By Daniel Dern: On Thursday, November 8, I had the rare pleasure of going to two SF-adjacent events. (They were also similarly adjacent in two other ways.)
In the morning, I went to see former astronaut Jeff Hoffman talk about his participation in the space program, being on five flights, including doing two EVA repairs — including one on the Hubble.
He started his talk from growing up in Brooklyn, and, unsurprisingly, reading science fiction.
The event, “Torah in Orbit: A Jewish Journey in Space,” was at the temple we belong to — not surprisingly, since Hoffman was talking about, among other things, bringing various Jewish artifacts as part of his allotted “personal stuff” box, including a (very small) Torah, and reading from one of the scroll pages while in orbit. (Since there was no way to ensure a specific launch date, rather than study the portion of Torah read during a specific week, he opted to read from the very beginning of Genesis.
Hoffman was in town being filmed (at the Charles Hayden Planetarium at Boston’s Museum of Science) as part of the Space Torah film (http://spacetorahproject.com).
And then late afternoon, over at MIT, comic book writer Brian Michael Bendis spoke at the “The 2018 Julius Schwartz Lecture”, a free, open-to-all event.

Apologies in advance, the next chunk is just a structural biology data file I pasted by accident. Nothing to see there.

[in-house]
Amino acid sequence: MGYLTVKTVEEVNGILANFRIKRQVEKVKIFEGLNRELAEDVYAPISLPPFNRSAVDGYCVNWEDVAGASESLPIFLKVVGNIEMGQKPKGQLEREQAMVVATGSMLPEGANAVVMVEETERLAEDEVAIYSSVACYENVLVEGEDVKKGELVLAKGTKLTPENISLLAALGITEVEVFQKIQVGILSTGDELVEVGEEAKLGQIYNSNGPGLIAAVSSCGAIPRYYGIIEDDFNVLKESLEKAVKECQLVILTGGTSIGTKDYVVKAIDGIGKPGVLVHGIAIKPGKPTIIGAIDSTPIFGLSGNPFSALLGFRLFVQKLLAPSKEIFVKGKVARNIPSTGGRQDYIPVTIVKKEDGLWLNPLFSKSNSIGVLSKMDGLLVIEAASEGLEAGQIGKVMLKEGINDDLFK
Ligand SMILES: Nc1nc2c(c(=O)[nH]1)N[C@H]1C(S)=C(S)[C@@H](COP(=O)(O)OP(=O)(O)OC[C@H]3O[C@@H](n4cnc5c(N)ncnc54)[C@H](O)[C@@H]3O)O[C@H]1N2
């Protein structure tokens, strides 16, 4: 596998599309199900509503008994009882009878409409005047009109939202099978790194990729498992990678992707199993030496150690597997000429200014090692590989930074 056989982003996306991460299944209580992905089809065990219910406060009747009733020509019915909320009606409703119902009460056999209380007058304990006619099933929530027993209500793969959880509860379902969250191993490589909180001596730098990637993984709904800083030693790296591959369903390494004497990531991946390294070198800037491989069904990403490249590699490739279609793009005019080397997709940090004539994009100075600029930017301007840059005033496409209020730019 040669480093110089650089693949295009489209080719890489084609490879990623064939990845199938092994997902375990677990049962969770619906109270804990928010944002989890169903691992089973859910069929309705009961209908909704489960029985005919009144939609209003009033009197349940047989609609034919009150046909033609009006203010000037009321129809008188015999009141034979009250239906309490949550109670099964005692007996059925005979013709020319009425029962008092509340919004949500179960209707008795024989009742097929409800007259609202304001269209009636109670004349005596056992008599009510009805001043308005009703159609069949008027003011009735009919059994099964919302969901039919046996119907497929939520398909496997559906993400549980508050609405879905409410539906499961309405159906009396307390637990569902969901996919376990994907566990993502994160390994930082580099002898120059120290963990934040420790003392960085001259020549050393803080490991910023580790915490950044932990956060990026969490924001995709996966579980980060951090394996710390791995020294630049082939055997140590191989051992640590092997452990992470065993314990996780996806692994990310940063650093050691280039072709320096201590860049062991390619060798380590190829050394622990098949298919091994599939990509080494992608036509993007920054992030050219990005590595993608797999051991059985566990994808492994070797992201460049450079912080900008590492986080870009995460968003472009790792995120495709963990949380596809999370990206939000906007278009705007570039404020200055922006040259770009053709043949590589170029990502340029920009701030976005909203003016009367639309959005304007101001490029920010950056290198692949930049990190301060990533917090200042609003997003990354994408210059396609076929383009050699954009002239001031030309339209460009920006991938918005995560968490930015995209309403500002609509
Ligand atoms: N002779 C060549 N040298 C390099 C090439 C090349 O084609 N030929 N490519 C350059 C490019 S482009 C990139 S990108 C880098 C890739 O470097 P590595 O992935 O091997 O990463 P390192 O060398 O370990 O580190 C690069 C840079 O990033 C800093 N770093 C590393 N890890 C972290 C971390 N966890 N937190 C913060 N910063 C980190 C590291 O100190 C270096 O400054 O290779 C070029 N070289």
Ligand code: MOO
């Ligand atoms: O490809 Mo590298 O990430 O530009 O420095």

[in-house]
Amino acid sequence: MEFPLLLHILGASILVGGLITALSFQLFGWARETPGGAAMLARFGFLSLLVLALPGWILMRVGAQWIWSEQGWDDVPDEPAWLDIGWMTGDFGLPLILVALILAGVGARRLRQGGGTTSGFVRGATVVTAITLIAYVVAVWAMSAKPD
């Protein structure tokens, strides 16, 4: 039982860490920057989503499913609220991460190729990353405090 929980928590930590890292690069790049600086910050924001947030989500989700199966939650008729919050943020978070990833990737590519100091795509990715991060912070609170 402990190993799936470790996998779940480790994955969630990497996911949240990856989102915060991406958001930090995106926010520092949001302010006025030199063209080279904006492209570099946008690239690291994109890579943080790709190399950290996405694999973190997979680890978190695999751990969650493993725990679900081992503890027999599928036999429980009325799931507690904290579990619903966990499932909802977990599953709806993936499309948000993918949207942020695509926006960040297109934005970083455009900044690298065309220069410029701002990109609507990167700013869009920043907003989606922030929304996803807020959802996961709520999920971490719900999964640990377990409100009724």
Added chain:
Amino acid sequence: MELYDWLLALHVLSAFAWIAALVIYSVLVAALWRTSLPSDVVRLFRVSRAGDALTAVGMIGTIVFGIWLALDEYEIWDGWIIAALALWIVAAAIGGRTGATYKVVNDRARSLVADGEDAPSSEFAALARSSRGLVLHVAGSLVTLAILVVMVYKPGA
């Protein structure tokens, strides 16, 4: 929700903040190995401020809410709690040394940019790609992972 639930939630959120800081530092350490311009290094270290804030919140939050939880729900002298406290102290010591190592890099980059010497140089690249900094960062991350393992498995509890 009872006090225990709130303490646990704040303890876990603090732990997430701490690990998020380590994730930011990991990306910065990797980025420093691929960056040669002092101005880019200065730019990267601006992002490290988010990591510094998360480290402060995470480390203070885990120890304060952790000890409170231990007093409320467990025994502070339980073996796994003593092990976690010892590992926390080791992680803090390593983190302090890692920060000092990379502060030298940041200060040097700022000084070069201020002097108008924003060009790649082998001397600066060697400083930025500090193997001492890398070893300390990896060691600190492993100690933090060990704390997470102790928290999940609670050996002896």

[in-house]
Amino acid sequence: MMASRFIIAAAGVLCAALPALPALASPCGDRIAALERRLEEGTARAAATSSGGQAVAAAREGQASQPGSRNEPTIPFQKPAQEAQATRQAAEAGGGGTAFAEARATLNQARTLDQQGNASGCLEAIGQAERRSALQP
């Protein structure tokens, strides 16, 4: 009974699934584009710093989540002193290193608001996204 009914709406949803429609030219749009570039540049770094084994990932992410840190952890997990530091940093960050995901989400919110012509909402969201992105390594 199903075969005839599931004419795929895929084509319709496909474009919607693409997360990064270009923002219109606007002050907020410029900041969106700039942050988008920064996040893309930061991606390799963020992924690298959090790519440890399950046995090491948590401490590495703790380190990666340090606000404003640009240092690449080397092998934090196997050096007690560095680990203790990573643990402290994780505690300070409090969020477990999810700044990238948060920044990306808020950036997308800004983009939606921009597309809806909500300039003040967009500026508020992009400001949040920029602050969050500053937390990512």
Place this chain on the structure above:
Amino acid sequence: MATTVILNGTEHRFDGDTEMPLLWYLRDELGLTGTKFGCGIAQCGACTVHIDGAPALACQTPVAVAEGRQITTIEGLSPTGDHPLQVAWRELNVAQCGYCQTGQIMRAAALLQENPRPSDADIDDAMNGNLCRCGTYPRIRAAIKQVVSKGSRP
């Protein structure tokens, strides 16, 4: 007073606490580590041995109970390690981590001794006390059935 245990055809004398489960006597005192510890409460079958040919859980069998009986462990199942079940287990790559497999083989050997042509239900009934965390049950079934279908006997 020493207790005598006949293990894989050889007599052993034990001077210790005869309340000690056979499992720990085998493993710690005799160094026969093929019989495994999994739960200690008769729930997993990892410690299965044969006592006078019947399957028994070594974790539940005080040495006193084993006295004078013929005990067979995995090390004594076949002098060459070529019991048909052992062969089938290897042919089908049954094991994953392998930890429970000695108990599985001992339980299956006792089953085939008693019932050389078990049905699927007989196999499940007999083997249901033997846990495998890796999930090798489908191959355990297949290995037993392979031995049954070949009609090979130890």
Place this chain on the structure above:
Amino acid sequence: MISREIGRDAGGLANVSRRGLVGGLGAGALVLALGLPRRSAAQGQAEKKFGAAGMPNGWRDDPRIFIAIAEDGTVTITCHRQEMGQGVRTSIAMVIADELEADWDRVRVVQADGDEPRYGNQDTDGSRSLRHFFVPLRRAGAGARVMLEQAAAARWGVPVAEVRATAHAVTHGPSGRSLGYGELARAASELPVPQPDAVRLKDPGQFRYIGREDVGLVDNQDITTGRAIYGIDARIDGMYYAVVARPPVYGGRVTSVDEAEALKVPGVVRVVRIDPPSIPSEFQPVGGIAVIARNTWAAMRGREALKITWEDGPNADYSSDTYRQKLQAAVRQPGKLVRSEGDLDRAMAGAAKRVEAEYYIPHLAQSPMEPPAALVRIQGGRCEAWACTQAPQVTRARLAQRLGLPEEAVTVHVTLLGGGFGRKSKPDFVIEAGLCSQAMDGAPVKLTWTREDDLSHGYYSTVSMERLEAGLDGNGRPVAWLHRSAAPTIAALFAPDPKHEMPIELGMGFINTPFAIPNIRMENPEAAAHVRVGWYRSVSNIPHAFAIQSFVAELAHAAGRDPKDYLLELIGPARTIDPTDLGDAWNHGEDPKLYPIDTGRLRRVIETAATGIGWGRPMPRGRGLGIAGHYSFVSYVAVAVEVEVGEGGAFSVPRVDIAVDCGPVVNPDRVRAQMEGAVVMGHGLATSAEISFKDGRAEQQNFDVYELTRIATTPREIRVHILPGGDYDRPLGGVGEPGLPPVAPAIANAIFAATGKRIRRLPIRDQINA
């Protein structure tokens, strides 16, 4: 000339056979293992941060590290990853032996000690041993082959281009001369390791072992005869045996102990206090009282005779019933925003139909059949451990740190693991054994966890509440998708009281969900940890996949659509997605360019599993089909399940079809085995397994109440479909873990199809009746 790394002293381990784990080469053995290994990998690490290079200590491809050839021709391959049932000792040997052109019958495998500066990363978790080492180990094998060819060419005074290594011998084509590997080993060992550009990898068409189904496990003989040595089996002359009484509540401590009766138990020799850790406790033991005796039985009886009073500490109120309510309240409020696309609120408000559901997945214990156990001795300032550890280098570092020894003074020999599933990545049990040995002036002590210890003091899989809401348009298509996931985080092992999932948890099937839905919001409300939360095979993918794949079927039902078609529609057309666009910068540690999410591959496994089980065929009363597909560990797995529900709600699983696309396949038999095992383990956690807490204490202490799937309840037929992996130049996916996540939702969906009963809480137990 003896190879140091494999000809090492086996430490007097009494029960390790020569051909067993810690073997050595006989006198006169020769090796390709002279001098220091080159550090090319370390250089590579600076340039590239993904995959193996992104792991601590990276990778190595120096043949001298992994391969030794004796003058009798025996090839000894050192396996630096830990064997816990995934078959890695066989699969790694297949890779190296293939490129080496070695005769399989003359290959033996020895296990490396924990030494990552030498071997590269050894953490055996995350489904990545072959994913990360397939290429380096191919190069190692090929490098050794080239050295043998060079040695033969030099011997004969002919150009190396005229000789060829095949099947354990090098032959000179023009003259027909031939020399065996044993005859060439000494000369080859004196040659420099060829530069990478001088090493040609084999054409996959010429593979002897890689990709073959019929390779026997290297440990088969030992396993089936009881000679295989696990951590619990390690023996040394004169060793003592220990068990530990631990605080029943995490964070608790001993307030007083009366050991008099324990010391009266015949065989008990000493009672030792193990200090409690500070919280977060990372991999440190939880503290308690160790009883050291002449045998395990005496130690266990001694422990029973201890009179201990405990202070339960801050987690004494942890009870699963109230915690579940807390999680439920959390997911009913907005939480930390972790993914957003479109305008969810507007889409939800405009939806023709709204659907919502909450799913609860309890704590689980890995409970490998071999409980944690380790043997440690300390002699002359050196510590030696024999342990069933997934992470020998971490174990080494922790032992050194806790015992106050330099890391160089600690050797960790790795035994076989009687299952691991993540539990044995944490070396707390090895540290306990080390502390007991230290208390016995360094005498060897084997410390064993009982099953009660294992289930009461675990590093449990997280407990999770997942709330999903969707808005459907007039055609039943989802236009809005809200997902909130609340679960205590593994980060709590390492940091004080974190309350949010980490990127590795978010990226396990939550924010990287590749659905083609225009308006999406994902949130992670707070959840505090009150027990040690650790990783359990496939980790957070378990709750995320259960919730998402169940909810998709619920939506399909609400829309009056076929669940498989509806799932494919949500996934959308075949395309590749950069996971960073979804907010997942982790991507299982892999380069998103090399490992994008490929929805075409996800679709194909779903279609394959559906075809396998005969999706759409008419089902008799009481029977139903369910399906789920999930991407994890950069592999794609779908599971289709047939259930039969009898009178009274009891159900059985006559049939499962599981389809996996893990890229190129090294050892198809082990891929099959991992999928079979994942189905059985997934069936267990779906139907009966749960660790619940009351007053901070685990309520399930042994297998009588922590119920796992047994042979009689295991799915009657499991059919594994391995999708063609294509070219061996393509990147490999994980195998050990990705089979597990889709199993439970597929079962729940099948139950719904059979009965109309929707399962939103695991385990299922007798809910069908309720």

Bendis has done LOTS of comics, including Powers, and creating Ultimate Spider-Man (both the Peter Parker and creating Miles Morales). At Marvel, he’s also done Daredevil, Jessica Jones, Avengers, X-Men, and much, much more, and he recently moved over to DC, taking over Superman.
Although billed as a lecture, the event was mostly an interview — conducted by the award-winning fiction and comic book writer Marjorie Liu. Filers may recognize her name as author of Monstress, the 2017 and 2018 Hugo winner for Best Graphic Story. She’s also written X-Men, Black Widow, X-23 and other Marvel comics, along with a bunch of fiction.
It was a great event — it was more like listening to two colleagues converse, rather than a more traditional speech.
You can watch and listen to the full event here
Like I said, a doubly SF-adjacent day. And free, even!